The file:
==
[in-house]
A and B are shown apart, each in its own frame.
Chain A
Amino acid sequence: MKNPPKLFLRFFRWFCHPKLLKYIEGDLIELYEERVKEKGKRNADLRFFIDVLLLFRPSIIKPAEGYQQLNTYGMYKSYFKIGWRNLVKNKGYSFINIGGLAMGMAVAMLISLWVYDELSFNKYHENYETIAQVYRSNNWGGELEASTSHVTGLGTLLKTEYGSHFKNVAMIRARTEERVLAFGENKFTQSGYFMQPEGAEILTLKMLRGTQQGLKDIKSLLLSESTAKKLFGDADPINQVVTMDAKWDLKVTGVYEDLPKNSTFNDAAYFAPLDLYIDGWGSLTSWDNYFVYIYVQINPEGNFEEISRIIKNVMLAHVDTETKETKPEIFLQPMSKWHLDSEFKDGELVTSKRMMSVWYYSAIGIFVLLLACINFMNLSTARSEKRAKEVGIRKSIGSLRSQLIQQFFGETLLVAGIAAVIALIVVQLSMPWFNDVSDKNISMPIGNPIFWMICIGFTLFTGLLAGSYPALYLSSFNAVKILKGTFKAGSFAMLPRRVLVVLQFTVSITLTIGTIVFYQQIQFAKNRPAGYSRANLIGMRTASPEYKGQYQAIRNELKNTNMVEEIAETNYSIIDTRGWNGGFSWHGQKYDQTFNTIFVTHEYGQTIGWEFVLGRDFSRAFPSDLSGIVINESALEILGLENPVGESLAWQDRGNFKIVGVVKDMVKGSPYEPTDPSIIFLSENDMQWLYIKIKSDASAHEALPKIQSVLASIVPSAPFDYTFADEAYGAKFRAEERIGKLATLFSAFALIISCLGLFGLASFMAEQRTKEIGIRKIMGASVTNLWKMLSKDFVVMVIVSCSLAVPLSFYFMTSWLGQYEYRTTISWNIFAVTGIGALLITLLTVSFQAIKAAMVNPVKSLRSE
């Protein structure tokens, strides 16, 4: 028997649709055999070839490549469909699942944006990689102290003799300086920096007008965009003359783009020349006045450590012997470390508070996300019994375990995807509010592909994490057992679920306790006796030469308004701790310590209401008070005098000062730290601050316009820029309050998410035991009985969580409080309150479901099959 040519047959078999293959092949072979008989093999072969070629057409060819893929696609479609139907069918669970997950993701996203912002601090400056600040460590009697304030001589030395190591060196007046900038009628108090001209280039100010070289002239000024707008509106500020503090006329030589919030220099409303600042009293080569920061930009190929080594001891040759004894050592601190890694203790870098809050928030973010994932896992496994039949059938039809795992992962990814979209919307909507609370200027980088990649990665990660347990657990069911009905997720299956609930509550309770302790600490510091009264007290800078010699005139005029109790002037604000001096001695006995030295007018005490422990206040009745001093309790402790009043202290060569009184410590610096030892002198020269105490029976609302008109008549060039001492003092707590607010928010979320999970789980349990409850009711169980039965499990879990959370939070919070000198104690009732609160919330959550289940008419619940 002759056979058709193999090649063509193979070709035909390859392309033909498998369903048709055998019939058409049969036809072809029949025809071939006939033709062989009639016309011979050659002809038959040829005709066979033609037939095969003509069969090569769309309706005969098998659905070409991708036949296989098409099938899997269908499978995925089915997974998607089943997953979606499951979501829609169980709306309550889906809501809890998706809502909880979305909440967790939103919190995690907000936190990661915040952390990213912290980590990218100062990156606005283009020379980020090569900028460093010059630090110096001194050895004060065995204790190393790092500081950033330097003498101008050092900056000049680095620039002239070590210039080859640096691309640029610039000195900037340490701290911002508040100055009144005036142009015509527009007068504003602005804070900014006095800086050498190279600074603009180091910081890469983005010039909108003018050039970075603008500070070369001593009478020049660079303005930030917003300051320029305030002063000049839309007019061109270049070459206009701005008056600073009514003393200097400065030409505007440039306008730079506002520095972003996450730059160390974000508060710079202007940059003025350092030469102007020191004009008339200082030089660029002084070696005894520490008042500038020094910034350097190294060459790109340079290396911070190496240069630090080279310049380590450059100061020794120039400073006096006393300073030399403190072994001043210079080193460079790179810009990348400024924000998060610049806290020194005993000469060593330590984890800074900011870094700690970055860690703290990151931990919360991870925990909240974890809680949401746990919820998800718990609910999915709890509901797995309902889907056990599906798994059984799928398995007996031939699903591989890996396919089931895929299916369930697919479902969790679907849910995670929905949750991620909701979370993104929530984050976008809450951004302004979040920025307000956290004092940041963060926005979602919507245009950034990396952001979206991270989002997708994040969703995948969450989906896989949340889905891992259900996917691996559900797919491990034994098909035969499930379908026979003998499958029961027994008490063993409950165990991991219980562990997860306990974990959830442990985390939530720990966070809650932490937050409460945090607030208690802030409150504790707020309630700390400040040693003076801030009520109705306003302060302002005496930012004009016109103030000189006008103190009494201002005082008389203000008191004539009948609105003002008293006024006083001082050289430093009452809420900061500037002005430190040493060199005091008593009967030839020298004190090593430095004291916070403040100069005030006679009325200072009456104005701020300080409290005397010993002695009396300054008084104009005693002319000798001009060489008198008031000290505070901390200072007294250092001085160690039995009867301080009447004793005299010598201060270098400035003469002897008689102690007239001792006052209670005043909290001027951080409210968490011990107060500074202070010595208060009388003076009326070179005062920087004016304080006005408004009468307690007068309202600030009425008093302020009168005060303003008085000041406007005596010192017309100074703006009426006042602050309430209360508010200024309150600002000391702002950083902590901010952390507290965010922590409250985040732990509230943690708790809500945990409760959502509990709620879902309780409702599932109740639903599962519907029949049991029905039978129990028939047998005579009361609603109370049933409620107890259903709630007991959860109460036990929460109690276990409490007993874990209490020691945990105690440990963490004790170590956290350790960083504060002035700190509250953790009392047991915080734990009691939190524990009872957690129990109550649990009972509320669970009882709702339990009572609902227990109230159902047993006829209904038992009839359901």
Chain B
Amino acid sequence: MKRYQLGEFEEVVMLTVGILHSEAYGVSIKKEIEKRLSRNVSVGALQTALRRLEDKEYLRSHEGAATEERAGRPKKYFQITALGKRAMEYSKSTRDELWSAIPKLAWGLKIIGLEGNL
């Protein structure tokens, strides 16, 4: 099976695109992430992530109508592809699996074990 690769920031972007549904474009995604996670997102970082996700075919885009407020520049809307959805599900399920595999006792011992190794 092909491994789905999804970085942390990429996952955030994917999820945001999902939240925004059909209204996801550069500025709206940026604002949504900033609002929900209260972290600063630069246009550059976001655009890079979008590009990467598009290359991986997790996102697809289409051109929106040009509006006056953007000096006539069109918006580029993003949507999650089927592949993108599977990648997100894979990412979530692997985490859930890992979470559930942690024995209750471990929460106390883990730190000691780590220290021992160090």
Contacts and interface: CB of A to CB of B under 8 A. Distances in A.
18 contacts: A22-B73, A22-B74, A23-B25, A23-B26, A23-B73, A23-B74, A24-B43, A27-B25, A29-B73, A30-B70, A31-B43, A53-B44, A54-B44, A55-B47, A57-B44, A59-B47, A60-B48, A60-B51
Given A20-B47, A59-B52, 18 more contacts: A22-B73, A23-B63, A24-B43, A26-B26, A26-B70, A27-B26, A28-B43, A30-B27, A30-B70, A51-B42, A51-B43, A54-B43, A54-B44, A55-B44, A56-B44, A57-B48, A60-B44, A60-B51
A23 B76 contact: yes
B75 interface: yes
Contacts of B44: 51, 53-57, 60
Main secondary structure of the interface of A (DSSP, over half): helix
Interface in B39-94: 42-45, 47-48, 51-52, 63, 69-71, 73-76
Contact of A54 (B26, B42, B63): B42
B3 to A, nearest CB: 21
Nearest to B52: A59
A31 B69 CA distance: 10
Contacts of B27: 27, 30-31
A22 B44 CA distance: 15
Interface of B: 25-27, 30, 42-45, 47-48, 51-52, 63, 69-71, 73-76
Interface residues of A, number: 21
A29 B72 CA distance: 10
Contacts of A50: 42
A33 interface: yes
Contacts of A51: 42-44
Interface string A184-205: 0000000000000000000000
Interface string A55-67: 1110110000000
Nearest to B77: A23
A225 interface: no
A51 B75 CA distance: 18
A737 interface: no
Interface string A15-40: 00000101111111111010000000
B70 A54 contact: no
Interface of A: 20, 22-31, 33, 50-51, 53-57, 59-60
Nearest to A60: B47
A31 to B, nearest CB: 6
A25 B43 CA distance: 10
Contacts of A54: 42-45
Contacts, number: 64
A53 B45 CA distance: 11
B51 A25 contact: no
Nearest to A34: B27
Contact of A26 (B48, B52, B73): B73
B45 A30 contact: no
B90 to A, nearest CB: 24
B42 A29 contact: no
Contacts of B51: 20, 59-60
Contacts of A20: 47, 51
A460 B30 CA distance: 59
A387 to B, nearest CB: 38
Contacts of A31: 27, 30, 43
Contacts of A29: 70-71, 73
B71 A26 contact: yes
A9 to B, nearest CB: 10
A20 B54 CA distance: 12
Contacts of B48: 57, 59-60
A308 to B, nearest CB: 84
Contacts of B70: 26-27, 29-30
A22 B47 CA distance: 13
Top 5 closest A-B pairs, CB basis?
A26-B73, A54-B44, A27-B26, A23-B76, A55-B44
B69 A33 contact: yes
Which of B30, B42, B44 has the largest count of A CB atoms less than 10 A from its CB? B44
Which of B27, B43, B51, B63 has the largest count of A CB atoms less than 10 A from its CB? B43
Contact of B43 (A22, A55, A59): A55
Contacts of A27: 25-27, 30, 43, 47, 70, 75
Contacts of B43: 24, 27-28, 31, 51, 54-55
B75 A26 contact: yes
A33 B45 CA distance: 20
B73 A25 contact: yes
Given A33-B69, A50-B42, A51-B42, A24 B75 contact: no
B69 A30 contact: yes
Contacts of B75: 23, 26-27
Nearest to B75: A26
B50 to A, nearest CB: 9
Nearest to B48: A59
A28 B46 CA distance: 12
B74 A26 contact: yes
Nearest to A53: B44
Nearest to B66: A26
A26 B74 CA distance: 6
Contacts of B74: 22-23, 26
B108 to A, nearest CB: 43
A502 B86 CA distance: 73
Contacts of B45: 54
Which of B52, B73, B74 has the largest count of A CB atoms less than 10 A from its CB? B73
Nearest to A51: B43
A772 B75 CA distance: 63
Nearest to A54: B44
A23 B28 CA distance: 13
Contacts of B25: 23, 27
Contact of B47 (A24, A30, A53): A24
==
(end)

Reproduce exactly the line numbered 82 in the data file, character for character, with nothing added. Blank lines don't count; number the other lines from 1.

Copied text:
Nearest to A53: B44